Salish Sea Sourdough and Passionate for Pies
I have been baking Salish Sea Sourdough at Passionate for Pies for two weeks now. Passionate for Pies is owned by two of the nicest people in Eastsound, Wa. Shasha Jean and Marie Bigbee opened Passionate for Pies three years ago. Their pies, tarts, and pot pies are reknown in the San Juan Islands and beyond for being the tastiest, most wholsome pastry treats available.
I have seen it with my own eyes, how carefully the ingredients are chosen for their culinary delights. Whatever goes into the pies, tarts and other delicious pastries, is organic, wholesome, fresh and the best quality ingredients that can be obtained. I have never even seen a can of shortening around, they use all real butter. I am impressed by their dedication and passion for baking great food… hence the word “Passionate” in their business name.
I am the lucky one to have been invited to bake my bread in their bakery. I love working there and providing fresh sourdough to the friendly people of Eastsound is the fulfillment of a dream for me. It was a challenge at first. They have a double deck pizza oven with a great mass of bottom heat and no steam.
My first test did not turn out great but was consumed anyway. More heat and steam were necessary.
First Test Bread:
I tried to steam the oven by pouring water over clay briquettes heated in the oven in a large pan, but it was just not enough steam for the size of the oven. So….. I tried making a foil “hat” or cover and I also experimented using an upside down stainless steel bowl. That test turned out well and the bread that turned out the best was the one covered with the foil hat. So I made up a bunch of the foil covers and decided to bake twelve loaves.
The pies were done baking for the day so we cranked up for an hour to get it as hot as we could. Then using my peel, I placed a foil hat over the dough (after a slight water spray) and flipped in the loaves, hat and all into the oven:
The nice thing about the foil was that I could reach in after the initial part of the bake and using a pair of tongs, remove the foil hats easily. Sure they got bent out of shape a bit, but it was easy to reshape them for the next set of loaves. I would not have been able to easily remove a lot of stainless steel bowls from a loaded oven.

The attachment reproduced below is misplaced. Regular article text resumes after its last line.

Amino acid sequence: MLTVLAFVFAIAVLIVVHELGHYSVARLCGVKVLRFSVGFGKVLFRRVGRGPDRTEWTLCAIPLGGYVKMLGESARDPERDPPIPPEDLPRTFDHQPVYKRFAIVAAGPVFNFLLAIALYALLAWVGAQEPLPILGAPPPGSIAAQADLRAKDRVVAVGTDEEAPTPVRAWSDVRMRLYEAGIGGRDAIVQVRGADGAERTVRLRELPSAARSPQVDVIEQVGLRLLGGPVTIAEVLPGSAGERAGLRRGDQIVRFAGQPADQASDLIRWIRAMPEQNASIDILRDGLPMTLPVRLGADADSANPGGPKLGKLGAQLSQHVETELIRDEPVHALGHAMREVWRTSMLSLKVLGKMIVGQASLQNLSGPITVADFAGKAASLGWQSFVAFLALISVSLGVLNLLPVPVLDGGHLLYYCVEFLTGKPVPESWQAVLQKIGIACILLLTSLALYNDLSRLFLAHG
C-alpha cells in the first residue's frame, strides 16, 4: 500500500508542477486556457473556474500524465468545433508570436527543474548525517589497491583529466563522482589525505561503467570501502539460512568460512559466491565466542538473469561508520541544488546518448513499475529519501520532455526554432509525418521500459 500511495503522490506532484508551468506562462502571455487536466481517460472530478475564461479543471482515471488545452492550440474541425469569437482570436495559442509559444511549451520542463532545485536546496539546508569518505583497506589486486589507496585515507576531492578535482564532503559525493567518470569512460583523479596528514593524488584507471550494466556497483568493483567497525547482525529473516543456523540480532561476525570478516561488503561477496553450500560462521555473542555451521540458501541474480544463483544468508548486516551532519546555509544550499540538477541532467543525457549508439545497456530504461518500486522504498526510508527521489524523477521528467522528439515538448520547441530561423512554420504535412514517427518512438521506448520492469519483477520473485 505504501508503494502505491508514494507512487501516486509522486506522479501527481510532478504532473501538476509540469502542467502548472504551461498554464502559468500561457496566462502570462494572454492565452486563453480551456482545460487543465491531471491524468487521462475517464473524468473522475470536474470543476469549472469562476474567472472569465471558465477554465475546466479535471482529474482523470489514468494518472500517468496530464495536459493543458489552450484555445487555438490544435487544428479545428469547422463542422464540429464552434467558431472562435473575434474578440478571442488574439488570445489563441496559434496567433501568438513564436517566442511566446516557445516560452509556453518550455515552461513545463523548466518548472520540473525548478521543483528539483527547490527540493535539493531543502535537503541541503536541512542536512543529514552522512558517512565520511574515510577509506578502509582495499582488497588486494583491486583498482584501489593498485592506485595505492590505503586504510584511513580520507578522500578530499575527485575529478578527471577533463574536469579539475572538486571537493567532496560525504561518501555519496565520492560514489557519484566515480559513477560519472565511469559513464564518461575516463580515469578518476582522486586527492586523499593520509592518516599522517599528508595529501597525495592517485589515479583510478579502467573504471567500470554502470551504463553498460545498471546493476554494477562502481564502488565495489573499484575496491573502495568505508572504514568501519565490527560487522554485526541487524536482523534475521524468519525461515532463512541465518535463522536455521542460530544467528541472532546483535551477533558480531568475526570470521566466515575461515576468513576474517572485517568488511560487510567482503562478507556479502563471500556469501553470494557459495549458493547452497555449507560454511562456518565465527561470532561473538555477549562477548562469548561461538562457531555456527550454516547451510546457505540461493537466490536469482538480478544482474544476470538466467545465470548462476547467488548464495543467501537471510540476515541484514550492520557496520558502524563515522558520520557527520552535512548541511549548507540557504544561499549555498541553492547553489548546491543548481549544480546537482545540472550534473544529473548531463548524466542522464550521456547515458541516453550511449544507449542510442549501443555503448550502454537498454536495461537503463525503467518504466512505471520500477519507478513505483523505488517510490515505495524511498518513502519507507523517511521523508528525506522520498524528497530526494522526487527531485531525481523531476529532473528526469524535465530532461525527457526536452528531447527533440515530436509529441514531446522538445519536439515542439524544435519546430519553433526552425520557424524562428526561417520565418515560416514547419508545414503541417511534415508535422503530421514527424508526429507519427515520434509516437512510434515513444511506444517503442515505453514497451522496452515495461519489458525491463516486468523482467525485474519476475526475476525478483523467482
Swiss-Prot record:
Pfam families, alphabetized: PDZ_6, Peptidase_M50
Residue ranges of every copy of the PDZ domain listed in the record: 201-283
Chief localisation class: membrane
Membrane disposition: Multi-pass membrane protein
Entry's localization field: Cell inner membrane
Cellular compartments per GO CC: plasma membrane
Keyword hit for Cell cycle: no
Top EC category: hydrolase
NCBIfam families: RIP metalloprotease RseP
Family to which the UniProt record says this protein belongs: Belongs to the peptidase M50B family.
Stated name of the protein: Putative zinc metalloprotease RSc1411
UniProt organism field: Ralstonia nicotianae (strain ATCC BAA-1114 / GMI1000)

The picture is fuzzy because I took it too fast without allowing it to focus, as I was worried about steam on my camera and letting the oven heat escape.
So my first real bake was successful and not only that, we had a great time trying to figure out how to bake a load of bread in a pizza oven without steam injection. The timing was a test, the steaming and heat were tests, it was all a test and it worked out great! Passionate for Pies offered the “Salish Sea Sourdough” from their front counter in a large basket:
Some of the first loaves:
I realized that the oven was still not hot enough so for the next bake we allowed the oven to heat longer and turned it up as high as it would go. It helped the bloom on the crust and the oven spring was even nicer. The second bake:
The ingredients for the Salish Sea Sourdough are water, flour and salt. It says on the bread bag that it takes five days to ferment the dough for this bread, but in reality it takes much longer. It is a motherdough bread and I have a revolving motherdough that I add to each week. I continue to use the older motherdough and some of the newer motherdough. So it has a complexity of flavor that is very appealing. I got this idea from the “sour seed” experiments I was doing. Sorry I don’t have crumb shots, I will try and get some with the next bake.
My boss (Marie) thought that a starfish slashed into the top of the bread would be in keeping with the theme of the Salish Sea Sourdough. So on the last bake I slashed starfish:
So, here I am having the time of my life, living in one of the most beautiful places in the world and playing (could not say working!) at doing what I love to do best. Life is good.
You can bake sourdough like this in your own home see my book, Discovering Sourdough